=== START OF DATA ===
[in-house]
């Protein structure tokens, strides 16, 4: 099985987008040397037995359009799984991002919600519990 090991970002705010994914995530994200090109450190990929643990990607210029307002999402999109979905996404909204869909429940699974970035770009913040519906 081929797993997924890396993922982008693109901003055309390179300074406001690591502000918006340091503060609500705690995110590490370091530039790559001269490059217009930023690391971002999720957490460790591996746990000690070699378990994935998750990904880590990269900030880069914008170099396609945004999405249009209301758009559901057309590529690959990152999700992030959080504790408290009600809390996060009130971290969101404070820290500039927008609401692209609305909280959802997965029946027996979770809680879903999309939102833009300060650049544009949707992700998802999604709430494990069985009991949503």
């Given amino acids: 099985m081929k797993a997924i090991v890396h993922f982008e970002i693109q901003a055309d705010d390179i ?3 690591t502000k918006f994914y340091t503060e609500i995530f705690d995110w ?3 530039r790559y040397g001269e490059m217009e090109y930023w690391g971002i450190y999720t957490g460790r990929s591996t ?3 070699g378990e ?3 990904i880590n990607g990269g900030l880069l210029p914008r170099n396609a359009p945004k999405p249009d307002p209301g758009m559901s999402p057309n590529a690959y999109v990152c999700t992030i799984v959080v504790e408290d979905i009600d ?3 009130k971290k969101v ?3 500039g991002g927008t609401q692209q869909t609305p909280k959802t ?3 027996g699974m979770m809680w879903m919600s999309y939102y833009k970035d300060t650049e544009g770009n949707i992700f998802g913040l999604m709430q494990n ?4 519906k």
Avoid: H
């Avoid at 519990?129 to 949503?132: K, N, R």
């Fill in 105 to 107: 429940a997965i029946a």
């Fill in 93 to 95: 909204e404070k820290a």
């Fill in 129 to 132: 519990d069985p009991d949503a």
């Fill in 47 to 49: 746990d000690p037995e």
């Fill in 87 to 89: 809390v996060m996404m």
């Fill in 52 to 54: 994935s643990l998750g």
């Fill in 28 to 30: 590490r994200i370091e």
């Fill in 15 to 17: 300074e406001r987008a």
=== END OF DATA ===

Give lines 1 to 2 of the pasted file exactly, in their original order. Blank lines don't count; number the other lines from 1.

[in-house]
């Protein structure tokens, strides 16, 4: 099985987008040397037995359009799984991002919600519990 090991970002705010994914995530994200090109450190990929643990990607210029307002999402999109979905996404909204869909429940699974970035770009913040519906 081929797993997924890396993922982008693109901003055309390179300074406001690591502000918006340091503060609500705690995110590490370091530039790559001269490059217009930023690391971002999720957490460790591996746990000690070699378990994935998750990904880590990269900030880069914008170099396609945004999405249009209301758009559901057309590529690959990152999700992030959080504790408290009600809390996060009130971290969101404070820290500039927008609401692209609305909280959802997965029946027996979770809680879903999309939102833009300060650049544009949707992700998802999604709430494990069985009991949503």